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Potential anticancer discovery heads to developmen

11 May 2005

Potential anticancer discovery heads to development

A potential anticancer agent discovered by Victoria University scientists is to be developed in association with the prestigious University of Texas Southwestern Medical Center at Dallas and the Dallas-based biopharmaceutical company, Reata Pharmaceuticals Inc.

Peloruside, a novel potential anticancer agent, was discovered in a marine sponge living in New Zealand’s Pelorus Sound by Victoria University Senior Lecturer Dr Peter Northcote and colleagues at National Institute of Water and Atmospheric Research. It has been developed in collaboration with scientists in the Schools of Chemical & Physical Sciences and Biological Sciences at Victoria University the Malaghan Institute of Medical Research in Wellington, and the Auckland Cancer Society Research Centre.

Dr Northcote said that Peloruside shares a molecular target with Taxol, a cancer therapy agent developed for use against ovarian and breast cancer. Taxol commands gross sales of more than $US2 billion a year, but the pharmaceutical industry is searching for a replacement with improved properties. Peloruside is one of a handful of compounds being assessed as a second generation Taxol like anti-cancer agent.

The development of Peloruside, which has been patented in the United States by the University’s commercial arm, Victoria Link Ltd, has previously received a $2.3 million grant from New Zealand’s Foundation for Research, Science & Technology as well as grants from the New Zealand Cancer Society and the Wellington Medical Research Foundation.

Dean of Science at Victoria, Professor David Bibby welcomed the agreements.

“These agreements are not only a major step towards realising the great promise Peloruside has shown in research carried out in New Zealand, but also signify Victoria’s growing strength in biomedical science.

“UT Southwestern Medical Center is a powerhouse of the biomedical and biotechnological sciences in the United States, with annual revenues of $US800 million and a faculty that includes four active Nobel laureates. To be able to progress the development of Peloruside with UT Southwestern and Reata is a significant move.”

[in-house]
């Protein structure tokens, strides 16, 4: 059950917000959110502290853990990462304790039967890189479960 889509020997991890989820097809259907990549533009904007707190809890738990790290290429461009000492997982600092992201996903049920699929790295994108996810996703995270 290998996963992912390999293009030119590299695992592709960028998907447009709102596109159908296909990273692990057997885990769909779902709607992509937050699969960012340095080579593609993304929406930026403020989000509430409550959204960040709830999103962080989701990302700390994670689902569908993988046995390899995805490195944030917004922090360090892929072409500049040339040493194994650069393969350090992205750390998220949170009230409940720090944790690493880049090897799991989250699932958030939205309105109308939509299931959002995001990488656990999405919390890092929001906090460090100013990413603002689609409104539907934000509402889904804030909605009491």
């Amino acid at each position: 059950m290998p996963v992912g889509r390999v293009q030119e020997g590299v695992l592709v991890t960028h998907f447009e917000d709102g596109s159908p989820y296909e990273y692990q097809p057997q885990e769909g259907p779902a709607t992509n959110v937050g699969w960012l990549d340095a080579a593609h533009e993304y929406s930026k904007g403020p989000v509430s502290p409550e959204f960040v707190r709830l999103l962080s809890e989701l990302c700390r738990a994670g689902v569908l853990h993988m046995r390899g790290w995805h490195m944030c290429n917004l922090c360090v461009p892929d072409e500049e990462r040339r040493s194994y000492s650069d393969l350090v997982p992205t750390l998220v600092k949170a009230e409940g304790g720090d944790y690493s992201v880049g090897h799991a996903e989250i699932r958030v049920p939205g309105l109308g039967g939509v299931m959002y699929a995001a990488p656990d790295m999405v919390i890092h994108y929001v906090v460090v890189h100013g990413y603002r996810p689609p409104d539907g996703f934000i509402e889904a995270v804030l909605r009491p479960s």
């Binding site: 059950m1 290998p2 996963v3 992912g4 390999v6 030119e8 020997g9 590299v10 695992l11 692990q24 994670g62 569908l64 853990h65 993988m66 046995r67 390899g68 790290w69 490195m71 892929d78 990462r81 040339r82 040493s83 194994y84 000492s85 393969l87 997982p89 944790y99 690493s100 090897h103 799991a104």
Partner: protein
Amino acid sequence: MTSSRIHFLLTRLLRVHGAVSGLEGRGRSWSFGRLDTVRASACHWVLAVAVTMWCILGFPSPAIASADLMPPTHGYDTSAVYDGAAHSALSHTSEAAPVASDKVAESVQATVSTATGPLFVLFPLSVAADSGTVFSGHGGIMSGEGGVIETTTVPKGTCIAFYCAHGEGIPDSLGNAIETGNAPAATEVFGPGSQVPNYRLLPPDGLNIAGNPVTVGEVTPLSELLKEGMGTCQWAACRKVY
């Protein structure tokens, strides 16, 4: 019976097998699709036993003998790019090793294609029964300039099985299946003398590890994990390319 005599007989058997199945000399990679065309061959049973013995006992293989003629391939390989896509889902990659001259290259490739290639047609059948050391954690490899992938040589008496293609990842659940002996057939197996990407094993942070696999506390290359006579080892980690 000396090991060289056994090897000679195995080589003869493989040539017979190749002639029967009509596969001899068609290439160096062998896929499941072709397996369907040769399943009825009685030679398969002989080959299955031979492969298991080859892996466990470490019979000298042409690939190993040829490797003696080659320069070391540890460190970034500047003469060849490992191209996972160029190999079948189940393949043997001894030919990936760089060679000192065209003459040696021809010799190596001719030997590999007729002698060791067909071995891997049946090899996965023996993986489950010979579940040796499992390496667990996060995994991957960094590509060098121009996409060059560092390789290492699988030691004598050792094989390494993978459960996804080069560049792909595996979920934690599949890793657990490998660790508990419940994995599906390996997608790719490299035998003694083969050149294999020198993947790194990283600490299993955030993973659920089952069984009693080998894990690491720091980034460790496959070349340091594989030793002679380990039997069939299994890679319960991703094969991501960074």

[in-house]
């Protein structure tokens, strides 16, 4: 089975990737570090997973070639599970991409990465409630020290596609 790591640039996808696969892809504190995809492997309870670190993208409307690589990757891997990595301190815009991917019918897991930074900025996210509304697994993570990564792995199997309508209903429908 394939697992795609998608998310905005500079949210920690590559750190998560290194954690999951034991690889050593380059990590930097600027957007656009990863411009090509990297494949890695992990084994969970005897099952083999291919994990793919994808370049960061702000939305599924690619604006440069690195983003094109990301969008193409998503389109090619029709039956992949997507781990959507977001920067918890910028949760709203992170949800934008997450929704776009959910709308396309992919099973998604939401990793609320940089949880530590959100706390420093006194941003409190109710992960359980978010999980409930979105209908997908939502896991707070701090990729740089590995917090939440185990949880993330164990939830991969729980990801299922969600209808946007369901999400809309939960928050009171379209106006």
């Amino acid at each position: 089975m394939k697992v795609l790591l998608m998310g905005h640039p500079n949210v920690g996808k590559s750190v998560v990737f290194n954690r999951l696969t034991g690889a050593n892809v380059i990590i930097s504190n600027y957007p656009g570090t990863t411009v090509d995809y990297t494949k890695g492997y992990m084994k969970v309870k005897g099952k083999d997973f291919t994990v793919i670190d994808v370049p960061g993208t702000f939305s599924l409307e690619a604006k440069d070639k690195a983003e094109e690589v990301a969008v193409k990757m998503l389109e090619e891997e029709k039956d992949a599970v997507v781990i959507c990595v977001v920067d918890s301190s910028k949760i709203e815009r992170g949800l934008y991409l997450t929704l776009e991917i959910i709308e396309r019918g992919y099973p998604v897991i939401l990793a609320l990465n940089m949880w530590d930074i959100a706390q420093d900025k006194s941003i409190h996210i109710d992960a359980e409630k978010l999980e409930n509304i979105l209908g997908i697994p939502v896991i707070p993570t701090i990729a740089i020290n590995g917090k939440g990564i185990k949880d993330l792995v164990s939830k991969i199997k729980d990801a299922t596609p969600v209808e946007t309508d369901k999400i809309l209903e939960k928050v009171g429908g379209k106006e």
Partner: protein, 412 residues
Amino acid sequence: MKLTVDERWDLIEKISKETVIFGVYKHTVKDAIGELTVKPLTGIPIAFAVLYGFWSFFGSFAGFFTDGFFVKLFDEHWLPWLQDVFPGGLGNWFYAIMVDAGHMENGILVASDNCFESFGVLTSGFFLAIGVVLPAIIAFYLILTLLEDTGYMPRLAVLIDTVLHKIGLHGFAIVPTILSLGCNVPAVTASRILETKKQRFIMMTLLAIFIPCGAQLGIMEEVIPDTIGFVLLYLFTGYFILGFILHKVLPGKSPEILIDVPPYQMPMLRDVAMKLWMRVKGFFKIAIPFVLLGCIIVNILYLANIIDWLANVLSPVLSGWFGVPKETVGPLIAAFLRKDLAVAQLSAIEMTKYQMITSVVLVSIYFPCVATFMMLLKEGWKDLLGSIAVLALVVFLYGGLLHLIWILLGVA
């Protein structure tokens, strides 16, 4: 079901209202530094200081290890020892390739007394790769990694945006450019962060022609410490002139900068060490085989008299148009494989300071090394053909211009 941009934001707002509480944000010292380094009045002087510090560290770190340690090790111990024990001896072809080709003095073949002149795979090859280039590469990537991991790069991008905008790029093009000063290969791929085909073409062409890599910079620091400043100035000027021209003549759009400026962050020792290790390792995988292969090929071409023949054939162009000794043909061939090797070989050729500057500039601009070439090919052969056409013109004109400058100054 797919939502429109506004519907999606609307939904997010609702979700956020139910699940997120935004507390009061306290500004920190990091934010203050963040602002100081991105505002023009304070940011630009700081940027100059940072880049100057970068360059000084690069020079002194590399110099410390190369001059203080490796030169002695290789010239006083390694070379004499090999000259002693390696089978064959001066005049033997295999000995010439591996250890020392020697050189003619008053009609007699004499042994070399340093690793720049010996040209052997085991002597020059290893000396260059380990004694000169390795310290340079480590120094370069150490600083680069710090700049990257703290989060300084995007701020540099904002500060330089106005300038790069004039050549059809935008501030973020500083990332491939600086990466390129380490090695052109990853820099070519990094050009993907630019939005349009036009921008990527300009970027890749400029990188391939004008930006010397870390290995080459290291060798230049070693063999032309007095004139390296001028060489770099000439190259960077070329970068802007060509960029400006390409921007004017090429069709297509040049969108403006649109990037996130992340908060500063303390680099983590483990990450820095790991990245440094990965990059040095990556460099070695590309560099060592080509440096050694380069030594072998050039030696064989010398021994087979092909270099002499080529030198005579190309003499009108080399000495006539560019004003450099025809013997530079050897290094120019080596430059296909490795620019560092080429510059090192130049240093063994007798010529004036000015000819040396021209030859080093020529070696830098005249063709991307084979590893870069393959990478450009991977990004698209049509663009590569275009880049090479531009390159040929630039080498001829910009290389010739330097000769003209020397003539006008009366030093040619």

But Professor Bibby emphasised that the fruits of the research would be several years down the track.

“The lead time for the development of any potential drug, from its initial discovery to the primary research and then on to clinical trials and approval for use, is always lengthy, often up to 15 years. Peloruside is not even a quarter of the way down that track but our researchers remain optimistic that it will go the full course.”

President and Chief Executive of Reata, Warren Huff, also welcomed the agreement.

“These exciting compounds are an important component of the Reata product pipeline. Microtubule-stabilising agents are among the most important drugs available for the treatment of cancer, and the development of useful new agents in this class is an important goal to increase therapy options for cancer patients. We are pleased to be collaborating with UT Southwestern and Victoria University in the further development of these promising drugs.”

Dr Dennis Stone, Vice President for Technology Development at UT Southwestern said the three-way agreement illustrates the importance of global collaboration in creating new pharmaceutical products.

”It also exemplifies the crucial role university research plays in the process leading to new clinical advances. It creates real value for all parties, and more importantly, serves as the springboard for the development of an important new anti-cancer agent that can benefit mankind."

Professor Bibby said Victoria’s growing strength in biomedical science was recognised last year when the Malaghan Institute of Medical Research, New Zealand’s only independent biomedical research centre, moved on to the University’s Kelburn Campus. This partnership has allowed Victoria and the Malaghan to not only further their already extensive research links – including the development of Peloruside – but also to develop new areas of biomedical research and teaching.

In a related move, in 2004 the University also launched the Centre for Biodiscovery and the Centre for Marine Environmental & Economic Research as a part of its drive to grow its biological sciences research capabilities and teaching base.


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